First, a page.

It is a myth that talking about suicide with someone will make them attempt suicide. Often the opposite is true. People often find it to be a relief when they are able to open up with someone about how they feel.
If you or your loved one is experiencing a mental health crisis, such as suicidal thoughts, getting the help of a competent mental health and medical professional quickly is very important. Sometimes this may involve simply making an appointment with a mental health and medical professional, and sometimes it may involve bringing them to the hospital emergency room for an evaluation.
When in doubt, reaching out to your local crisis hotline (which is available 24/7) can be helpful in quickly deciding next steps for yourself or your loved one experiencing suicidal thoughts. If you aren’t aware of your local hotline number, the national suicide prevention line is another great resource (800-273-8255; suicidepreventionlifeline.org) and it’s also open 24/7.
In short, keep these important things in mind — if you have a loved one who may be suicidal consider the following “dos” and “don’ts:”
- Argue with a suicidal person about the value of life…instead let them know how much you value them/love them.
- Lecture them about suicide (i.e. It’s wrong, so much to live for)…instead, listen to their pain with curiosity and help them seek mental health and medical options for help.
- Offer easy answers to their complex issue…instead offer support, a listening ear, and help them feel less alone.
- Let them be alone in a suicidal crisis.
- Take every disclosure of suicidal thoughts seriously. It’s a myth that when people talk about suicide it means they aren’t serious about following through. People often announce suicidal thoughts before making an attempt.
- Ask about suicidal thoughts and simply listen to the pain someone is experiencing…it’s a myth that simply talking about suicide makes someone attempt suicide. It’s feeling alone in their pain with no hope that makes someone attempt suicide. It usually brings a sense of relief to be able to share the suicidal feelings someone is experiencing with someone who will really help them feel heard. You may simply ask a question like, “I’ve noticed you’ve been in a lot of pain lately and I’m wondering if you’ve had thoughts of suicide?” When listening to the story of someone who is suicidal, remember the 5 C’s: Curiosity, Compassion, Calm, Connectedness, and Courage.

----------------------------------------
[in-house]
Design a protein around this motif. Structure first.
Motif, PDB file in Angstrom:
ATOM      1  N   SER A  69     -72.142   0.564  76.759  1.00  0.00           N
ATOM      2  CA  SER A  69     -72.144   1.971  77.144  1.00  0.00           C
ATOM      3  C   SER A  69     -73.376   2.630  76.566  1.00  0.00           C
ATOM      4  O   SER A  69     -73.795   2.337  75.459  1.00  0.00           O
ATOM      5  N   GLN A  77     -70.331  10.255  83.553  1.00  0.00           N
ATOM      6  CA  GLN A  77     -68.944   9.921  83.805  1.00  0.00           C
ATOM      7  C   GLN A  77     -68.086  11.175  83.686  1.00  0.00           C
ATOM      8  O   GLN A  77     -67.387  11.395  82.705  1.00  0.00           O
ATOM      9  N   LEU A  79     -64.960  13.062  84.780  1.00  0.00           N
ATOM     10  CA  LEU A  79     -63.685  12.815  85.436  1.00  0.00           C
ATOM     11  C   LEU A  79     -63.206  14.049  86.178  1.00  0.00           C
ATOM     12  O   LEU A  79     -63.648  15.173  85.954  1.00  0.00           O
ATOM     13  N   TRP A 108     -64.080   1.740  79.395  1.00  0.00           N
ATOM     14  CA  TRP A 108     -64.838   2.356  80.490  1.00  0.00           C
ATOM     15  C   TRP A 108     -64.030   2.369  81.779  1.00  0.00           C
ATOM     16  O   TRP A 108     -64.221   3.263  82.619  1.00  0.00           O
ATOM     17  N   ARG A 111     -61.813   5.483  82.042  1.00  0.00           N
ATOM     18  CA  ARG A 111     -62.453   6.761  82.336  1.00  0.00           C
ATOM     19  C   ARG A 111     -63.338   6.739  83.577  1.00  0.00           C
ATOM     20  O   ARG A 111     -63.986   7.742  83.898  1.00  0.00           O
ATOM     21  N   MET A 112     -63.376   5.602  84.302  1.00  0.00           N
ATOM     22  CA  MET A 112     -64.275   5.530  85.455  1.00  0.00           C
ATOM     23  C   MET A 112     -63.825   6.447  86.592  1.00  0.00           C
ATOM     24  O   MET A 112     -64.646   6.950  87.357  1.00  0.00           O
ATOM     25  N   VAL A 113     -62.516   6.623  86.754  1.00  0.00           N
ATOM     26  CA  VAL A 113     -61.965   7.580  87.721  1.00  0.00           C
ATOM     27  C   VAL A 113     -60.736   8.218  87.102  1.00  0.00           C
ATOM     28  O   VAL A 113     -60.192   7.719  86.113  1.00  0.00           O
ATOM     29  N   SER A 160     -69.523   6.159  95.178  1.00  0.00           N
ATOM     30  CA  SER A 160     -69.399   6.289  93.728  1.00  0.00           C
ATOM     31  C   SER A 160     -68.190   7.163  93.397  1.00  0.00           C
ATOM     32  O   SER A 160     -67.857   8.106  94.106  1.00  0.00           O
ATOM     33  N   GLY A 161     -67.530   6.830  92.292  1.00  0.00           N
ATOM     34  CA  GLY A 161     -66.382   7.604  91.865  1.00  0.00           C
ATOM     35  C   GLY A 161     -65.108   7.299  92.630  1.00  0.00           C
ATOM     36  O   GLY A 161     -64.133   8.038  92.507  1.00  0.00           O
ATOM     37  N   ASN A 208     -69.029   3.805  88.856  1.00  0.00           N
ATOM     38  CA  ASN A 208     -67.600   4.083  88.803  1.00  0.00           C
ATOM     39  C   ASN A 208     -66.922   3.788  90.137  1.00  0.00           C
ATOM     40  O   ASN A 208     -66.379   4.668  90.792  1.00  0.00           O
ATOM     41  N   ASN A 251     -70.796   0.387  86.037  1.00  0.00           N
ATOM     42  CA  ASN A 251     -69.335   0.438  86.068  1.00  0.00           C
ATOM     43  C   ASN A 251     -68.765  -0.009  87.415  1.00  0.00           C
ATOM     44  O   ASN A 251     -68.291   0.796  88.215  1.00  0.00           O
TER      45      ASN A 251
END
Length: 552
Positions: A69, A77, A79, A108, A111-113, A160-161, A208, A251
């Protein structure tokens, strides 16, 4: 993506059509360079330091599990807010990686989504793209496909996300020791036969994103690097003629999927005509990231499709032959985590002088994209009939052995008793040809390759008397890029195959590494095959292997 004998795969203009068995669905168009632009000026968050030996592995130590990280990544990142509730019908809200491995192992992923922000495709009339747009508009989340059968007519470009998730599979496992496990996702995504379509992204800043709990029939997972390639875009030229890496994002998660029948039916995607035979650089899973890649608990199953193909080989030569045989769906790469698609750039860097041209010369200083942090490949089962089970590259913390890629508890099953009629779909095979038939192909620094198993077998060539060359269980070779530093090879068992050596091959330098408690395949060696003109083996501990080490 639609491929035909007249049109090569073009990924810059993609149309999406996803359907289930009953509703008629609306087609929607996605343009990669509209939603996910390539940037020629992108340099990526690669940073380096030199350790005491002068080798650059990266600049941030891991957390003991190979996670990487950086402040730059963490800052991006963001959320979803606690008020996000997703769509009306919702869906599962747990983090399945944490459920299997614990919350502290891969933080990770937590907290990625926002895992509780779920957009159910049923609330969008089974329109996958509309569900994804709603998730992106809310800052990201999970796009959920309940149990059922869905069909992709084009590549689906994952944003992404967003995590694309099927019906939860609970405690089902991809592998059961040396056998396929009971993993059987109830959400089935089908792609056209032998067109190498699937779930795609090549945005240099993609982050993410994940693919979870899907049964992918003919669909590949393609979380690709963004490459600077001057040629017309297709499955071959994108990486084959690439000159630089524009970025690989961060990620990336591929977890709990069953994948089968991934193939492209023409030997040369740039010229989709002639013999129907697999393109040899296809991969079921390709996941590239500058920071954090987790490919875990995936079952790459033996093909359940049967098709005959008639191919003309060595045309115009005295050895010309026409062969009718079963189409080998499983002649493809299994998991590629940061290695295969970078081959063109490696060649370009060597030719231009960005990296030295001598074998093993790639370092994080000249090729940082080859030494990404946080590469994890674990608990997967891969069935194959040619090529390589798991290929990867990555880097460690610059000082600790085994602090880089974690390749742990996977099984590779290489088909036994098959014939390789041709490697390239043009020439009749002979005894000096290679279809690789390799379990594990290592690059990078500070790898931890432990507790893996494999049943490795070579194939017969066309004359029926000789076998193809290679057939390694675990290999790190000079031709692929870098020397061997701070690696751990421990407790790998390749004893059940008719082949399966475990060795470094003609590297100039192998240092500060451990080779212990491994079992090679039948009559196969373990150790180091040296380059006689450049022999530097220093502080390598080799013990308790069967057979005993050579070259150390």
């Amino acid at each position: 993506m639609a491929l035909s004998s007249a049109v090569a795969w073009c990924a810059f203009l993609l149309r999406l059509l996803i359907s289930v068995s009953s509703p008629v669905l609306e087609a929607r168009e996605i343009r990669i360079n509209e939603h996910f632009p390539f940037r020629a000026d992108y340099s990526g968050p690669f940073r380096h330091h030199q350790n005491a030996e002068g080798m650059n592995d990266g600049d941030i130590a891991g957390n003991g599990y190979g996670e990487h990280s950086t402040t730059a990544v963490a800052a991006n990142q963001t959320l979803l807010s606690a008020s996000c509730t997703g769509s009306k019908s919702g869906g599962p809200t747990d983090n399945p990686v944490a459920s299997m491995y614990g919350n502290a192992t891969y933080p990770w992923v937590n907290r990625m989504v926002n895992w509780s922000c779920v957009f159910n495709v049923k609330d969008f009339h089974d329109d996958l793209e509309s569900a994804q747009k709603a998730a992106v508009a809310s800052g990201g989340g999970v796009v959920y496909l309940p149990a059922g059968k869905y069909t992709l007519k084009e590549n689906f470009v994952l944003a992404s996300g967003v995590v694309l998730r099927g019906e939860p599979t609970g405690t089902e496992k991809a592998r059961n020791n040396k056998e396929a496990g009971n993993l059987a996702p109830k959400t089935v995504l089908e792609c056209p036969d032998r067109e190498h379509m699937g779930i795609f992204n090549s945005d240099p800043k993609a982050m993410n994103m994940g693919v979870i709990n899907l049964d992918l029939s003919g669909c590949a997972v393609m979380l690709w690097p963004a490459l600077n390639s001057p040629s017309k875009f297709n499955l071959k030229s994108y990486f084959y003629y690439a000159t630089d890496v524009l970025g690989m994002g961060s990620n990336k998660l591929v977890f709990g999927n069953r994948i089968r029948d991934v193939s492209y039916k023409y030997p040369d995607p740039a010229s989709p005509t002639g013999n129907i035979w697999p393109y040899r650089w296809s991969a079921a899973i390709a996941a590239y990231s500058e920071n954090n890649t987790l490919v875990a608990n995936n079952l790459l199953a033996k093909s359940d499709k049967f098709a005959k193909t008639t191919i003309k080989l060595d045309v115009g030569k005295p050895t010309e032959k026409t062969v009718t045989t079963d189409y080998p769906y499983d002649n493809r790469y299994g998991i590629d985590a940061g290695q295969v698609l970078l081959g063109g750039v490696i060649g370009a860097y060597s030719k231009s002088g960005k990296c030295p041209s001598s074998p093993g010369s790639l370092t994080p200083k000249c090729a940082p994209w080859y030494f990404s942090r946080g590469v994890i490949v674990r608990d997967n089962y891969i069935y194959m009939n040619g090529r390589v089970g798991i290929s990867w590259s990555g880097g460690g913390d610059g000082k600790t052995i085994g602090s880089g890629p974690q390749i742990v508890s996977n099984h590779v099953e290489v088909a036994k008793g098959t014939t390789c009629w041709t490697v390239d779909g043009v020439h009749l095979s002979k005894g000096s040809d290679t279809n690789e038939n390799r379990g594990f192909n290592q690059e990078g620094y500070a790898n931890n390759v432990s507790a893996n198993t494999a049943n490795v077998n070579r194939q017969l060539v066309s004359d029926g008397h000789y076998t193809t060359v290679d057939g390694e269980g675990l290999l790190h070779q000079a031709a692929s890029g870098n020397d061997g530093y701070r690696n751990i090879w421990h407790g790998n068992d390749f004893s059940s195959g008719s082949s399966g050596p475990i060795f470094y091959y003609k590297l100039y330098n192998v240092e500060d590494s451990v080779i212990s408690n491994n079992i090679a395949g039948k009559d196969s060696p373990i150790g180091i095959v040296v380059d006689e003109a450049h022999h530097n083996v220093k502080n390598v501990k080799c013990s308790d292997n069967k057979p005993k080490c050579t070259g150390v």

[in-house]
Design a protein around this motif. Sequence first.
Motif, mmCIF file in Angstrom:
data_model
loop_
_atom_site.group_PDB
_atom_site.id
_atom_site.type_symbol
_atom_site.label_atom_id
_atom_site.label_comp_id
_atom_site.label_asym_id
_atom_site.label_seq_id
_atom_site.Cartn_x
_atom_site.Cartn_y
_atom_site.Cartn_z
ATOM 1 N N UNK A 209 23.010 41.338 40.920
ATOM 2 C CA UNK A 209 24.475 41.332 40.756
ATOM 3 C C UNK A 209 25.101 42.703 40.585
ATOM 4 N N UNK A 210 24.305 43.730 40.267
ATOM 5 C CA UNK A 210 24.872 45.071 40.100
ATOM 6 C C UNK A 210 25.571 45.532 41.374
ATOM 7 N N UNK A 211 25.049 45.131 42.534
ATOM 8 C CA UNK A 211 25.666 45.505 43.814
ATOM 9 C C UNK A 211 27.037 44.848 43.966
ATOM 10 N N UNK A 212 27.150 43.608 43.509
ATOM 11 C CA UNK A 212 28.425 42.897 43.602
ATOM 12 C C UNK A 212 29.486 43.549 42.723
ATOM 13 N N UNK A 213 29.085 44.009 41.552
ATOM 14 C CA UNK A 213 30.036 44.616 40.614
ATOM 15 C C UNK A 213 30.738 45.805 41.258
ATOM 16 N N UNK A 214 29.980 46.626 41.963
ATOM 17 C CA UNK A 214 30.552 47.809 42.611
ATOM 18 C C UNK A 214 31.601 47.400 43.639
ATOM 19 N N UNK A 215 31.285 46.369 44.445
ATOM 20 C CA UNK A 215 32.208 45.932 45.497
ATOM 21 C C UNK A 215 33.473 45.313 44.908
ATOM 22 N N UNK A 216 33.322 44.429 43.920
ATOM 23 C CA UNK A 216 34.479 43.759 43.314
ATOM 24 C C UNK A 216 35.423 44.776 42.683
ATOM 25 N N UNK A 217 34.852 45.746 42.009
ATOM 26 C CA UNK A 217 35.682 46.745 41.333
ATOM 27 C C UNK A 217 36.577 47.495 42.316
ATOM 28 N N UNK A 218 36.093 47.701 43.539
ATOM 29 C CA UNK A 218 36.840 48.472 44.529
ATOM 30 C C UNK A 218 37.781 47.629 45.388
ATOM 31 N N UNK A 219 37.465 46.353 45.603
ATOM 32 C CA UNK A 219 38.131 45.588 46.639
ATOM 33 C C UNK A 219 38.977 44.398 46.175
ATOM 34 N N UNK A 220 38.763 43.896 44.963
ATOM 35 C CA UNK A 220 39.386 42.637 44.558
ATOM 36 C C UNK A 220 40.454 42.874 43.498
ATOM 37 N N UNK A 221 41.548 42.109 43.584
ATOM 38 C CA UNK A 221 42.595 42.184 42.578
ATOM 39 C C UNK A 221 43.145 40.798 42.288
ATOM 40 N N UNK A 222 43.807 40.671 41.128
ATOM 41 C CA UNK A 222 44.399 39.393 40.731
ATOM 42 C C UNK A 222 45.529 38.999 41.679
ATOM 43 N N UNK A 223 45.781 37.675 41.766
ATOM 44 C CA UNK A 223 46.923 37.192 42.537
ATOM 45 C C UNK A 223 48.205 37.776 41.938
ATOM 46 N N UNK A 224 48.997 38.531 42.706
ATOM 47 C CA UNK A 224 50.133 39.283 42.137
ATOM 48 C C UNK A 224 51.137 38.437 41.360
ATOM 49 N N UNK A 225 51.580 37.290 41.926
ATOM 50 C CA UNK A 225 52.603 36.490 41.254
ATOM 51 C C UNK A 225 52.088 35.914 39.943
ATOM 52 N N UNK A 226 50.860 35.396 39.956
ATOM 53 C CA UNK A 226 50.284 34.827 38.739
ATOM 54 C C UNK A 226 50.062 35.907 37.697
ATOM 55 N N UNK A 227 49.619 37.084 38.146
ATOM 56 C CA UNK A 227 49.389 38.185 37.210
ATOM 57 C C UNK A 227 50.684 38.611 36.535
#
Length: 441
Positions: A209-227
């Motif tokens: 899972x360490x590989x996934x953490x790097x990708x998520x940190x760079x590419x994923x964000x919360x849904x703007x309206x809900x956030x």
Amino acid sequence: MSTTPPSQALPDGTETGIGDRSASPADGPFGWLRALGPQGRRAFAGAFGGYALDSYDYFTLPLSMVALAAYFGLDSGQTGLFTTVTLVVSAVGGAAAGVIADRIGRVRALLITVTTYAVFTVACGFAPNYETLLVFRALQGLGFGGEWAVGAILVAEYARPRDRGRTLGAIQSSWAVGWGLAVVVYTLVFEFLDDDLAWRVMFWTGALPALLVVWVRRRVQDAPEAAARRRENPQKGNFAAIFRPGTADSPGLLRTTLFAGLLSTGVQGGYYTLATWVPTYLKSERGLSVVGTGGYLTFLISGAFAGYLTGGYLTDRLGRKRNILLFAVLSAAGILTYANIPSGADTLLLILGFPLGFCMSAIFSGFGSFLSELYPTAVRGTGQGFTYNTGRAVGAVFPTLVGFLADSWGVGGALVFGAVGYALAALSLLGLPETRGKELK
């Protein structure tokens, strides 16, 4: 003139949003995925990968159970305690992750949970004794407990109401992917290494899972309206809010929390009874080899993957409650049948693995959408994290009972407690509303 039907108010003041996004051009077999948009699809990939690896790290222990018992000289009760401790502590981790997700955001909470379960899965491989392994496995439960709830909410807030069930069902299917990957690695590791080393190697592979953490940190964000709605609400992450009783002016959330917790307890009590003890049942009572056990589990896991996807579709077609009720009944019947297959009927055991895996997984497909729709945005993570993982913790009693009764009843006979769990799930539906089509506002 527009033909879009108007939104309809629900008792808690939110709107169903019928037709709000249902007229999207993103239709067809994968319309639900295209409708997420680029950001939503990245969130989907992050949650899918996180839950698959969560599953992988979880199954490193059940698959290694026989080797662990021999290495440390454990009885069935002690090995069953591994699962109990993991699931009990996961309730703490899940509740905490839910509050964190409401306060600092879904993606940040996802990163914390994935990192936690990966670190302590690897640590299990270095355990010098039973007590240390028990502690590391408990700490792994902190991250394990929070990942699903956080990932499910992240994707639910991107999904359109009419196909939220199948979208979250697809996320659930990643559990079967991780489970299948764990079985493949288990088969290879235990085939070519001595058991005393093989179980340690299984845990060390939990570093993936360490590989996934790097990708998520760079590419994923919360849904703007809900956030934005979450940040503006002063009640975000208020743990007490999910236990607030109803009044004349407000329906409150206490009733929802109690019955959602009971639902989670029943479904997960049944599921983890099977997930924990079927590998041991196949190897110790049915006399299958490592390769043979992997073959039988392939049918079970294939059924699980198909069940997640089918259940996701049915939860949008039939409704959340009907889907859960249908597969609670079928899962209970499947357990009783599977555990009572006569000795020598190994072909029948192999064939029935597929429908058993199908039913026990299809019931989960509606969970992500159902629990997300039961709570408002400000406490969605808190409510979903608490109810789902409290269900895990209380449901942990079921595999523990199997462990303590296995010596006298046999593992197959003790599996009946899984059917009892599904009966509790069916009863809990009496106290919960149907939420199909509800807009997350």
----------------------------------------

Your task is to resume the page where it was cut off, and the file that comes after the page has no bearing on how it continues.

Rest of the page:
- Lock away anything the person could use to hurt themselves, such as sharps, pills, etc.
- Reach out for competent mental health and medical help as quickly as possible. When in doubt, reaching out to your local crisis hotline (which is available 24/7) can be helpful in quickly deciding next steps for yourself or your loved one who is experiencing suicidal thoughts. The national suicide prevention line is another great resource (800-273-8255; suicidepreventionlifeline.org) and it’s also open 24/7.
Dr. Steve Dunleavey
Director of Clinical Services
Dr. Steve Dunleavey comes to Emerge Counseling with 15 years of experience in Christian counseling and six years in pastoral ministry. He has served as an independently licensed counseling supervisor, the Director of Education, and in 2016 was promoted to the position of Director of Clinical Services. However, his most cherished roles in life are that of husband to Kristen, and father to his twins, Cooper and Finley.
Steve is passionate about relational leadership and integrating Biblical and theological truth with sound psychological principles to help people truly heal and experience the abundant life and freedom that Jesus promised. It is this passion that guides his leadership of the clinical team at Emerge Counseling.
Steve has a DMin in Biblical Counseling, an MA in Clinical Pastoral Counseling, which led to LPCC licensure in Ohio, and a BA in Biblical Studies and Pastoral Ministries. He leads marriage retreats and seminars on various topics, is on the Executive Leadership Team, and is a Counselor Training Supervisor at Emerge Counseling. He has also been an Adjunct Professor at Ashland Theological Seminary in their Practical Theology and Mental Health Counseling departments for the past 15 years.